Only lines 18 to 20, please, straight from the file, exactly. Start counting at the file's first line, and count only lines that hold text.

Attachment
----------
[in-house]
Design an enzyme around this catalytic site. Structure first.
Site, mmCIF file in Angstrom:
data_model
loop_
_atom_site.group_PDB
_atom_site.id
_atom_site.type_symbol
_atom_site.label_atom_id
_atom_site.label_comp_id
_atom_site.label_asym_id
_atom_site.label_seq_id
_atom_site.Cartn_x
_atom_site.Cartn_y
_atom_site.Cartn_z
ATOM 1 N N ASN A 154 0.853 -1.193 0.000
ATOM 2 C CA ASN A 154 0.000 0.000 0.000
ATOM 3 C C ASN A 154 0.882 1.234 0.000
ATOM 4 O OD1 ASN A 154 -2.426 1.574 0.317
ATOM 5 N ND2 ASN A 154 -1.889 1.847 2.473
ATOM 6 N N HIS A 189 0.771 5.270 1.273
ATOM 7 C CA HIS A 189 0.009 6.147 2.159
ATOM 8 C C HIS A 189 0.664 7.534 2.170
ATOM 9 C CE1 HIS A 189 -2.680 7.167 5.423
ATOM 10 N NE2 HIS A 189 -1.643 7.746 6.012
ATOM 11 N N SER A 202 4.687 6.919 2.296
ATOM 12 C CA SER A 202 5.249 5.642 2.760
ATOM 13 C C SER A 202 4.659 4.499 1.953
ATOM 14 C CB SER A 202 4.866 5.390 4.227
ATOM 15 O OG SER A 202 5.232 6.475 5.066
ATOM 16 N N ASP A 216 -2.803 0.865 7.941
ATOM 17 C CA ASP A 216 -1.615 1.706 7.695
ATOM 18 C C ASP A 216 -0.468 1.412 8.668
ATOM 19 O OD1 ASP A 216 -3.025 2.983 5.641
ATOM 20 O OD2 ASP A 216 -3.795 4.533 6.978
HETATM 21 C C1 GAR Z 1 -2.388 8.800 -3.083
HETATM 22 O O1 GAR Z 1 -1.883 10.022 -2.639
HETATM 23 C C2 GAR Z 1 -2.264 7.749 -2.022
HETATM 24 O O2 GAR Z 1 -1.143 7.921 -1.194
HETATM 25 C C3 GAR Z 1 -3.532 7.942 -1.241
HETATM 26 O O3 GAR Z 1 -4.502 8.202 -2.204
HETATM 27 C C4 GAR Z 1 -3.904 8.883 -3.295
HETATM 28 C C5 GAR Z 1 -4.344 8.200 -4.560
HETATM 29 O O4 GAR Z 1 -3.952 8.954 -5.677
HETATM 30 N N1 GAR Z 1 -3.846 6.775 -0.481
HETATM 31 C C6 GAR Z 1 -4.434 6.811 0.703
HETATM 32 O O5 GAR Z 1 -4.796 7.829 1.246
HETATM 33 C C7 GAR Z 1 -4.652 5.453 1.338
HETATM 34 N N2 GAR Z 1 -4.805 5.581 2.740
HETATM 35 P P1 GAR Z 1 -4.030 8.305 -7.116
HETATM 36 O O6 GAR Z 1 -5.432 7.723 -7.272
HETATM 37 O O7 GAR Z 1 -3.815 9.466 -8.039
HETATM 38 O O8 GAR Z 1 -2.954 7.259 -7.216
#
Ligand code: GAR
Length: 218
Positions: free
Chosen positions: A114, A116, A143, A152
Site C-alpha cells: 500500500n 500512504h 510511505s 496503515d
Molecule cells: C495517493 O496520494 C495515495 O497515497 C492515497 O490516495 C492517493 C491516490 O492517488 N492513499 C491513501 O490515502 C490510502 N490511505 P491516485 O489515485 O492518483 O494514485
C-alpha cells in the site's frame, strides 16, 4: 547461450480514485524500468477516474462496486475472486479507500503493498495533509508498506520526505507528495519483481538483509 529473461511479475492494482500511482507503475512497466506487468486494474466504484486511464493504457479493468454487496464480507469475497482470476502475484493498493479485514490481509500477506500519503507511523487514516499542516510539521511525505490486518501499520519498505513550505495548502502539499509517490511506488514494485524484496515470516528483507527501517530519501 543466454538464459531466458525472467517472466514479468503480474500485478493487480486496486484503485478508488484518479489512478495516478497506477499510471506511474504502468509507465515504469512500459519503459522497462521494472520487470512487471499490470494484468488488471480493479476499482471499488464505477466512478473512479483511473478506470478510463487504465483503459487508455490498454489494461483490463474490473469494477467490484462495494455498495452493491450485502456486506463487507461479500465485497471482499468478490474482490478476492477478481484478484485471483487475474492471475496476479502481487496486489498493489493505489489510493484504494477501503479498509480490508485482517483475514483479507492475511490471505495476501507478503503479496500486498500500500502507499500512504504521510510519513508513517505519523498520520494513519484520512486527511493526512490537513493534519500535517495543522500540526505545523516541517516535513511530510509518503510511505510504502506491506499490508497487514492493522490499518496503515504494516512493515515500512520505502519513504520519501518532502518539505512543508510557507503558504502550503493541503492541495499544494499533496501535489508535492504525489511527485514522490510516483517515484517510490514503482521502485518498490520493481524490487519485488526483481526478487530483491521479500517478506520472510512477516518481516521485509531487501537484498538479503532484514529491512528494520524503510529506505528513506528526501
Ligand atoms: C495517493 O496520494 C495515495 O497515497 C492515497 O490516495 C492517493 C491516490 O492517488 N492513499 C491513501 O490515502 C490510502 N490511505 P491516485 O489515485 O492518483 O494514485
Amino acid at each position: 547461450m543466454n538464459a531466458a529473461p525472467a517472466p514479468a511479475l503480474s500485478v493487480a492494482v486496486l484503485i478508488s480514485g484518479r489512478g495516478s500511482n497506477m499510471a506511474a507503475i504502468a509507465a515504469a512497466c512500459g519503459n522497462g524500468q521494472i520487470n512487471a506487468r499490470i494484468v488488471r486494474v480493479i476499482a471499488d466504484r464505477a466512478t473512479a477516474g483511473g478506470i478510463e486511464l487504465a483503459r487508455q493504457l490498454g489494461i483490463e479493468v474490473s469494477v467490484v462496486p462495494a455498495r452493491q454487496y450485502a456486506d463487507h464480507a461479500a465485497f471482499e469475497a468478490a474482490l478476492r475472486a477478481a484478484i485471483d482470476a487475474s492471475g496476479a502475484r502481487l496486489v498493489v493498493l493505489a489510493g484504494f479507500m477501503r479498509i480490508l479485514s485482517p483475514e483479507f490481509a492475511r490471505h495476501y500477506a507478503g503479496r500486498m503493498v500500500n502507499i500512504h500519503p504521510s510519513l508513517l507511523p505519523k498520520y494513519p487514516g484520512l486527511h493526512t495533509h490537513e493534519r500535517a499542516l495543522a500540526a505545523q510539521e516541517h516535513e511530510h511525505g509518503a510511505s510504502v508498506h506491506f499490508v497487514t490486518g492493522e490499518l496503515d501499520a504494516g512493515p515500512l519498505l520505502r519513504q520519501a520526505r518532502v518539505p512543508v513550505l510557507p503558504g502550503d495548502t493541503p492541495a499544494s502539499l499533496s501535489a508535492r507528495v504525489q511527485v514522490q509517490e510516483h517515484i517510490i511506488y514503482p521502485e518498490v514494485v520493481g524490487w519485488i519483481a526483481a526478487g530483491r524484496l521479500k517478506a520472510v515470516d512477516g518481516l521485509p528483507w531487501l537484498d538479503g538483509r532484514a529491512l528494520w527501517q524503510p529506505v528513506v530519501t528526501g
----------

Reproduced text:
ATOM 3 C C ASN A 154 0.882 1.234 0.000
ATOM 4 O OD1 ASN A 154 -2.426 1.574 0.317
ATOM 5 N ND2 ASN A 154 -1.889 1.847 2.473